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How a Good Credit Score Could Help You Save on Home Improvement Costs

Having a good credit score can be helpful for many reasons. But did you know that increasing your score might help you save money on home improvement projects? Here's how.

Identify Your Home Improvement Needs

When it comes to making improvements on your home, it's easy to stray down the path of "fun" projects: adding a fire pit in the backyard or knocking out a kitchen wall to accommodate a wine refrigerator, for example. Investing in these projects isn't always the best financial decision, however. If you have existing or growing damage that needs your attention—a roof that no longer holds water or a patio structure weakened by termite damage, for instance—you should give these projects priority to prevent further problems down the road. Once you have those out of the way, you can move on to more fun vanity projects.

When you decide which home improvement projects to tackle, figure out how much it's all going to cost by getting contractor quotes and researching material costs. Line up these costs next to your budget to see if you'll have enough cash to cover the new expenses. If it looks like you'll need to rely on credit to pay for your project, your next step is to ensure you get low interest rates and good terms on your loan. That's where a good credit score comes in.

Why a Good Credit Score Matters

Having a good credit score—a score of 680 or above, according to the FICO credit scoring model—will help you get lower interest rates on a loan. That means you'll pay less over time to borrow the funds for your home improvement project. A good credit score may also help you find a lender who has lower or fewer fees.

Types of Loans for Home Improvement Projects

If you have a good credit score and are considering taking out a loan for a home improvement project, you'll probably have several borrowing options:

  • 0% APR credit card: If you have good enough credit, you could get approved for a credit card with an introductory 0% annual percentage rate (APR) offer on new purchases. This will allow you to make purchases and pay no interest for a set period of time. Depending on how much you spend with the card, this savings could be considerable. Read the fine print, though, as the terms and conditions can vary depending on the offer. Make sure the 0% APR includes new purchases, for example, and not just transfers.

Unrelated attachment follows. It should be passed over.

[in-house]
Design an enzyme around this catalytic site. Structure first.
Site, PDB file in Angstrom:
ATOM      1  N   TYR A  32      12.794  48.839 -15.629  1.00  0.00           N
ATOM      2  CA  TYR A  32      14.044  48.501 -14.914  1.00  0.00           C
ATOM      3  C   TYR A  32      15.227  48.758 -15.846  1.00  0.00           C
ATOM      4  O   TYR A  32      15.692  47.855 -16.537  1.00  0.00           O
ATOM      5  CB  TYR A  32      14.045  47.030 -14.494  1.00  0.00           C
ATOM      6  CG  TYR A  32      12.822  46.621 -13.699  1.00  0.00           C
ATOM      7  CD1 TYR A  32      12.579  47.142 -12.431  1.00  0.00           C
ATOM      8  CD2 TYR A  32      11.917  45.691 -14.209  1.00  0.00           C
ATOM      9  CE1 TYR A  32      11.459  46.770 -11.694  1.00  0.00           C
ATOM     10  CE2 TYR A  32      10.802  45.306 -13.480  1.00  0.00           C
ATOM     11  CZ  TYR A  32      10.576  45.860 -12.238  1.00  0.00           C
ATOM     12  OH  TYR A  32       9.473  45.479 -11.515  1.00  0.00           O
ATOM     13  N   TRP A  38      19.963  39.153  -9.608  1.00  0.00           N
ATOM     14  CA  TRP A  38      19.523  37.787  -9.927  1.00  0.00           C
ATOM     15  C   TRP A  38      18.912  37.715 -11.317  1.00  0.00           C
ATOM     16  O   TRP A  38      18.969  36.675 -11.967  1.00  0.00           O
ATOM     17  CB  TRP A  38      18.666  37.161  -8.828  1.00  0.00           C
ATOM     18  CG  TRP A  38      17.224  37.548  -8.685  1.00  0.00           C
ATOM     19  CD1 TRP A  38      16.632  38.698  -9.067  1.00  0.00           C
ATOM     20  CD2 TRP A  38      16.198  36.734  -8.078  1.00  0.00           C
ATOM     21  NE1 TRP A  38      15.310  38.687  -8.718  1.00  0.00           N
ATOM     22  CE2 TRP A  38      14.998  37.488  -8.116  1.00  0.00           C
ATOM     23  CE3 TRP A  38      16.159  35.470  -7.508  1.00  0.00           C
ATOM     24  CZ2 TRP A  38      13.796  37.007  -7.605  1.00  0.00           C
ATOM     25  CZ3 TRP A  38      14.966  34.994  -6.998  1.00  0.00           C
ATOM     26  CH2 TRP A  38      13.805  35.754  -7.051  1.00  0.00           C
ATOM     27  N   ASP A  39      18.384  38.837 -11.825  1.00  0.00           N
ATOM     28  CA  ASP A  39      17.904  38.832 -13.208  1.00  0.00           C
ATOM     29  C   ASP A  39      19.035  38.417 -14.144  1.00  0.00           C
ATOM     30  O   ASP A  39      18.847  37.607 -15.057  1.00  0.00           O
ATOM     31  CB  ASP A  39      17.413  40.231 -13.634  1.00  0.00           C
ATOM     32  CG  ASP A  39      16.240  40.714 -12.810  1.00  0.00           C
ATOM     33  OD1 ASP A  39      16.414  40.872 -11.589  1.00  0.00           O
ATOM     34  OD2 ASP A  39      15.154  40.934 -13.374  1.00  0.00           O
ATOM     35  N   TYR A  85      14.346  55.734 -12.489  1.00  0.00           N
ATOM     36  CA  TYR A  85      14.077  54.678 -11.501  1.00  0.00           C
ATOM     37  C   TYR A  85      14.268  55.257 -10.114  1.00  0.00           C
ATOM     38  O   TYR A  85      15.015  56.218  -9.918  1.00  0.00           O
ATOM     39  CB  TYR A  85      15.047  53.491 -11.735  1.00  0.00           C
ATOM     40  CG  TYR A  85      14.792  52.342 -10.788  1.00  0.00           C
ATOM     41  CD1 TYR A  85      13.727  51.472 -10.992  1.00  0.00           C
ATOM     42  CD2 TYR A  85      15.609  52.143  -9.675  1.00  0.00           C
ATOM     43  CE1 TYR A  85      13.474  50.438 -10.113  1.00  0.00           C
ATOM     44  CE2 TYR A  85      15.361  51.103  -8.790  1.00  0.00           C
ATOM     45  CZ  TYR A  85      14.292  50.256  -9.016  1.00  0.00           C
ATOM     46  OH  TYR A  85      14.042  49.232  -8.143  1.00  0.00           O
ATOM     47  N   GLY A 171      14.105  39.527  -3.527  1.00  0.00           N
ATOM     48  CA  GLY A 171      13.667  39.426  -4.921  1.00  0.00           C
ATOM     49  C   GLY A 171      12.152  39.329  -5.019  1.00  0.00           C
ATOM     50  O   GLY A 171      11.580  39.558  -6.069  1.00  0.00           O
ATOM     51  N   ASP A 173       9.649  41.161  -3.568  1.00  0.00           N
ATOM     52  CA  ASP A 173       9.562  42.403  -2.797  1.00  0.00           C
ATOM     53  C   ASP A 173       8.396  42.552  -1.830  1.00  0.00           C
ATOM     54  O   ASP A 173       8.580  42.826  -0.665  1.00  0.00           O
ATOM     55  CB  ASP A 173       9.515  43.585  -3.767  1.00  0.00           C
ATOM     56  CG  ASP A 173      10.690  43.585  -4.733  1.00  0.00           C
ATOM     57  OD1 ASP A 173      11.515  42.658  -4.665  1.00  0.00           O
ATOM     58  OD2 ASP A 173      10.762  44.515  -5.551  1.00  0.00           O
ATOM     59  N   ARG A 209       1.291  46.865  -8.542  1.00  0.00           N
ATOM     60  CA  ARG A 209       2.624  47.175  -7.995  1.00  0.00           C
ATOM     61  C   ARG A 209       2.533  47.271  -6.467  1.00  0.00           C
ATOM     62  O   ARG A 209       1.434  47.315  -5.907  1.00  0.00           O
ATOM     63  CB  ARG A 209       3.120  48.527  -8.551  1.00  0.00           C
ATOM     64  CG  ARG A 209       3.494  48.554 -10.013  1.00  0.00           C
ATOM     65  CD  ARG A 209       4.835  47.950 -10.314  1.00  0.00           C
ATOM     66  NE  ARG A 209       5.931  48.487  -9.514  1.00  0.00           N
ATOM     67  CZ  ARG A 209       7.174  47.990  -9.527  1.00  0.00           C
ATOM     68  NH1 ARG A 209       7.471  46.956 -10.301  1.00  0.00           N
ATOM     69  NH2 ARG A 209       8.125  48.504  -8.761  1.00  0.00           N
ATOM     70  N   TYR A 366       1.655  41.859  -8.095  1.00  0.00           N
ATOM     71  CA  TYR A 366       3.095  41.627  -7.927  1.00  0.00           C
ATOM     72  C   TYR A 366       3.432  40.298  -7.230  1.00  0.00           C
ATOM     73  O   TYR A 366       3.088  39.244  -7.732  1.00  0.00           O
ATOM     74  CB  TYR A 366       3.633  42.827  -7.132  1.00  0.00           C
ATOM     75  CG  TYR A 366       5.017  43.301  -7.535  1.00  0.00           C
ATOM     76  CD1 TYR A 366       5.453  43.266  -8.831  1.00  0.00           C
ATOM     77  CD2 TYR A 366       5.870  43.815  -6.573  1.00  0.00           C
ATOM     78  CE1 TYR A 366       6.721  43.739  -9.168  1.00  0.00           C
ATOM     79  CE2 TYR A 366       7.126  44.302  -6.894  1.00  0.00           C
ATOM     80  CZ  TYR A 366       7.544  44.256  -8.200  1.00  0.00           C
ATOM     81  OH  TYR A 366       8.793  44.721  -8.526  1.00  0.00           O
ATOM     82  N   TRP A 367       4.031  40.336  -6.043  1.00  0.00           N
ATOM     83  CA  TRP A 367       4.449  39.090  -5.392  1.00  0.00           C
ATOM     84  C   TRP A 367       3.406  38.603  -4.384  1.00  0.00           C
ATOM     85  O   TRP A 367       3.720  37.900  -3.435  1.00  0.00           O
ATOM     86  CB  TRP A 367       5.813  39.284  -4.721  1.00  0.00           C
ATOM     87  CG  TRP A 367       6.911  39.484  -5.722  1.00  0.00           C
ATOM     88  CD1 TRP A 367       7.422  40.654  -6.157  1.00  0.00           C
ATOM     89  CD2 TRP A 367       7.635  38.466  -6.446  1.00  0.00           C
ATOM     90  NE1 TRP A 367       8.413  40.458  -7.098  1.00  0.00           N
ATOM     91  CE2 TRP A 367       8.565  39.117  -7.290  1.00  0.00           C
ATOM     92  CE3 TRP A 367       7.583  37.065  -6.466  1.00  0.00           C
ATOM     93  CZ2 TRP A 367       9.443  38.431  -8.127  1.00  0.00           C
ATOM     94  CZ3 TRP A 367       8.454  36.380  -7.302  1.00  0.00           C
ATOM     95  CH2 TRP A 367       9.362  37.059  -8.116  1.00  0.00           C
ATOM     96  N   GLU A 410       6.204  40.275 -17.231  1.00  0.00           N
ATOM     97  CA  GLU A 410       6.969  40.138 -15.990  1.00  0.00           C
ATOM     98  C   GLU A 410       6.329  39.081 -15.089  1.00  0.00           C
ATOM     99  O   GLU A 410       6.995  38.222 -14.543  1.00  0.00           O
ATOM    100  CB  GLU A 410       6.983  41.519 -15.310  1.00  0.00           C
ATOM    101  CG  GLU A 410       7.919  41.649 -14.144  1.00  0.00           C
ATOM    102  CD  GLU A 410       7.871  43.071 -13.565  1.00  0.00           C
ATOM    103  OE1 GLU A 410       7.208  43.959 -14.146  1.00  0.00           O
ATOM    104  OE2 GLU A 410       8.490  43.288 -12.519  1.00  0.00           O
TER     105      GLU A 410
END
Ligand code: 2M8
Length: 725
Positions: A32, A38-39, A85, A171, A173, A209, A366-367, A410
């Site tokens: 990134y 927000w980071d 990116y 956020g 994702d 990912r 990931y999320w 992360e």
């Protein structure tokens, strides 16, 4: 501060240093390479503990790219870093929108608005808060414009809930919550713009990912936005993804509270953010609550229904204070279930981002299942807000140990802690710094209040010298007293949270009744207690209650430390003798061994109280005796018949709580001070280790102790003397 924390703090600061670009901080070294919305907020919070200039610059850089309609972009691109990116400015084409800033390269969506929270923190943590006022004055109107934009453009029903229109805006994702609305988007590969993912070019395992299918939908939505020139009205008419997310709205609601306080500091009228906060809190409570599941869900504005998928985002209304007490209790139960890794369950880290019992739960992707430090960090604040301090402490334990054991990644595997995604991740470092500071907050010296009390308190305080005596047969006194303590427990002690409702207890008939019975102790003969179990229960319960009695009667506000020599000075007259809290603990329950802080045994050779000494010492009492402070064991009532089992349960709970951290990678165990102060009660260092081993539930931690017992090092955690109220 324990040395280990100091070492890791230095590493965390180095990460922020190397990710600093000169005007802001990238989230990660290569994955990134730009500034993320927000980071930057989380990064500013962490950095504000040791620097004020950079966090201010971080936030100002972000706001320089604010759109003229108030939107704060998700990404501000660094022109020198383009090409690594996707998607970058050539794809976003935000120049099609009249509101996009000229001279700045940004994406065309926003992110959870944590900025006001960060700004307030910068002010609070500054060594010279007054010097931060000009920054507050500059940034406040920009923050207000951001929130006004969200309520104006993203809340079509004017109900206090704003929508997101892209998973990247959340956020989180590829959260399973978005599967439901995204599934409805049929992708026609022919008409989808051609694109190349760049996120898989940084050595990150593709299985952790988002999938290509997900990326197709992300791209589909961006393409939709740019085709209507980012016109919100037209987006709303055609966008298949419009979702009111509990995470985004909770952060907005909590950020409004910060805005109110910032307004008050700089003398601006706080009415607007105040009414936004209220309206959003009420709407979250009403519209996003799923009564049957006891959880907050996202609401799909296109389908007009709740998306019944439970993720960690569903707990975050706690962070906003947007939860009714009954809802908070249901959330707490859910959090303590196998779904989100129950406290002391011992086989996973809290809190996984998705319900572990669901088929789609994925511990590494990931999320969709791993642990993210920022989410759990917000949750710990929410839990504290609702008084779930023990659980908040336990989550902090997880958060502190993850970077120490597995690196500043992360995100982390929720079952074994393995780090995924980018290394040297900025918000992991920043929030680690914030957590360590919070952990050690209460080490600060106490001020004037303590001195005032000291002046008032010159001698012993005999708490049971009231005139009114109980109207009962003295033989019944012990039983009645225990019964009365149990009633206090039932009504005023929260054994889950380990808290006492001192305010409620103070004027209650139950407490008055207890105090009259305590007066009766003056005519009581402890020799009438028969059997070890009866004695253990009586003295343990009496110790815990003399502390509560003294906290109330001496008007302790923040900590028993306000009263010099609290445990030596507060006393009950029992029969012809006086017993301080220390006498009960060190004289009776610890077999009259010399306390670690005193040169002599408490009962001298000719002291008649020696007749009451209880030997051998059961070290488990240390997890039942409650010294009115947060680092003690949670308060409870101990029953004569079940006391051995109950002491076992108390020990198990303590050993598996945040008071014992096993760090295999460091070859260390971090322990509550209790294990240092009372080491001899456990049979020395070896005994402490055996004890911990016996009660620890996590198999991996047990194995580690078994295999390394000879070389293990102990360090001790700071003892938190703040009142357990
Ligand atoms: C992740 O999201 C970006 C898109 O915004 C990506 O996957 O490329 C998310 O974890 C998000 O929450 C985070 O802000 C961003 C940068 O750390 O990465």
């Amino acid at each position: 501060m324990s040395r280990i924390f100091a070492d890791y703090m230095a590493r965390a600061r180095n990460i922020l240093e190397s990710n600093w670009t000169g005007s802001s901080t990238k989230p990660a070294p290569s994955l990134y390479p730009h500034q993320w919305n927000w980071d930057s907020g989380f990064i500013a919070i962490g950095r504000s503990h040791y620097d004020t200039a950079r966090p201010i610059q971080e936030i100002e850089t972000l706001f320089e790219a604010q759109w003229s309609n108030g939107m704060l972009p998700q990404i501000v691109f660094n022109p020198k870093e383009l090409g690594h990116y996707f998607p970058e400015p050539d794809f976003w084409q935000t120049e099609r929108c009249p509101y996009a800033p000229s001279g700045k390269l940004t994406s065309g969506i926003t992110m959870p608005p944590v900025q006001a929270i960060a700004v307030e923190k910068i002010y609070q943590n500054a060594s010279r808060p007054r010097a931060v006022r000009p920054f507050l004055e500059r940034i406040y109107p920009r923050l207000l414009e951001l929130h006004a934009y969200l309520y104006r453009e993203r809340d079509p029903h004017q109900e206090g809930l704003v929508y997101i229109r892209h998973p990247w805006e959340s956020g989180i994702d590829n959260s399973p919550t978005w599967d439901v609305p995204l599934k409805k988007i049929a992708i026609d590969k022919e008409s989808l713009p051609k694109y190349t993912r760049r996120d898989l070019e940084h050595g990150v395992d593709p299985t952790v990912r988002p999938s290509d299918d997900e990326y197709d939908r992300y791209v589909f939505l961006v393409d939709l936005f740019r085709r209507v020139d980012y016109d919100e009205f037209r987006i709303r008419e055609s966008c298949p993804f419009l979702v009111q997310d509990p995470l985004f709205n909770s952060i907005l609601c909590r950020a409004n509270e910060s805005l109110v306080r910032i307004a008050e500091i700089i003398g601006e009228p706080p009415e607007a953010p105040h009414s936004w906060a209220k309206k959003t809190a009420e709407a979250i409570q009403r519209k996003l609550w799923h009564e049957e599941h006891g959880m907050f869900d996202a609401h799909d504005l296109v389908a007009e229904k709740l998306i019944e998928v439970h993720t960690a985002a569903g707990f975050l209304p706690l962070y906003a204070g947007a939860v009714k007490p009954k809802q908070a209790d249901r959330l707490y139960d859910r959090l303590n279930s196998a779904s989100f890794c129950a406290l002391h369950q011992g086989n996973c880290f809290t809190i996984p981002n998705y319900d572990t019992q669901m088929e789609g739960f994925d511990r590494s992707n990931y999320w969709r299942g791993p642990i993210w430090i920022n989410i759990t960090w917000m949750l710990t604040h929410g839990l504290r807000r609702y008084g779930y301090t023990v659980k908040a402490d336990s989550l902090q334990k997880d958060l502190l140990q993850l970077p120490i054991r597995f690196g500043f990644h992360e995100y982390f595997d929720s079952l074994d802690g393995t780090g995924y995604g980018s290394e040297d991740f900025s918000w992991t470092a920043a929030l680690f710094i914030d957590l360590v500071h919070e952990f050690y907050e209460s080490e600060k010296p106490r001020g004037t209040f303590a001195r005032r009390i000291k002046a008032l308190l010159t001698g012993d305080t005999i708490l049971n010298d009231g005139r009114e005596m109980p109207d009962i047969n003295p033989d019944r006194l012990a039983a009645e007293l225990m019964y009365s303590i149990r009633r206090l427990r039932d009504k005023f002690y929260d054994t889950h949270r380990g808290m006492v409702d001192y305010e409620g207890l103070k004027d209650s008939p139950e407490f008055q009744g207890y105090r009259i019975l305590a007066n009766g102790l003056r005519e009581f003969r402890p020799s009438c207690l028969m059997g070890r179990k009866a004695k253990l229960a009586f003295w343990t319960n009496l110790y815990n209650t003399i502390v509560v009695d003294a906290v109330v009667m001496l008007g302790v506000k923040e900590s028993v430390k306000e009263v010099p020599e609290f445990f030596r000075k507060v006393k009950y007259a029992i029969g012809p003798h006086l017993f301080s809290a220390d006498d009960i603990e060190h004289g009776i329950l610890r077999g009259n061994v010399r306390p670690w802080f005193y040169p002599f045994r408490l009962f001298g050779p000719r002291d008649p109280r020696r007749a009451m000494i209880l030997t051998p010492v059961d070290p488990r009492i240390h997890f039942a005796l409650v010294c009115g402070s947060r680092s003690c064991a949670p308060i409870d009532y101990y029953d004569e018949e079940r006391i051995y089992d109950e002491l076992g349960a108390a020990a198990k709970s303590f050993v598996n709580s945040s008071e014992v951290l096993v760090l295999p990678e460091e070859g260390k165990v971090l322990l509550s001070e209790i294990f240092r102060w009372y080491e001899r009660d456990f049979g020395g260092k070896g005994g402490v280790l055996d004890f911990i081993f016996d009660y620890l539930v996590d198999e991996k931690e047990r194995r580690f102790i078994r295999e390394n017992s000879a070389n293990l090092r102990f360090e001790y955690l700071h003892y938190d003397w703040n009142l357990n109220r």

• Personal loan: A good credit score could also make you eligible for a lower interest rate on a personal loan. Personal loans can be used for home improvement costs, and you may even find some personal loans marketed as home improvement loans. Unlike a credit card, which is a type of revolving debt, a personal loan is a type of installment debt, meaning you'll be issued lump sum you'll pay back in fixed installments over a set period of time.
  • Home equity line of credit (HELOC): A HELOC allows you to borrow against the equity you have in your home. A HELOC typically allows you to borrow up to 85% of your equity, so if you have $100,000 of equity in your home, you may get a credit line for up to $85,000 if approved. HELOCs are convenient for home improvement projects as they give you a line of credit that you can use as you wish, similar to a credit card. This allows you to spend as little as you want, lowering the amount of interest you have to pay back. Lenders typically want to see a score of 680 or better to approve you for a HELOC.

How to Improve Your Credit Score

To get approved for a loan with the best possible interest rate and terms, take time to get your credit score in good shape if it isn't already. Here are a few tips on how to get your credit where it needs to be and keep it there:

  • Make all your debt payments on time. Payment history is the most important factor in your credit score, so paying on time is crucial to maintaining a good score.
  • Check your credit reports and dispute any inaccurate information.
  • Make sure you're not using more than 30% of your available revolving credit.
  • Don't apply for a lot of credit in a short period of time.

Once you're approved for a loan and are getting ready to start your home improvement project, update your monthly budget to include your new loan payments and stick to it. To keep your credit score in good standing, avoid making any late payments.

If you don't know where your credit stands, consider getting a free copy of your credit reports and scores from Experian to see what's in your credit file. And if you're considering applying for a credit card or personal loan to finance your home improvement this year, check out Experian's CreditMatchTM marketplace, which can pair you with specialized credit offers based on your credit profile.

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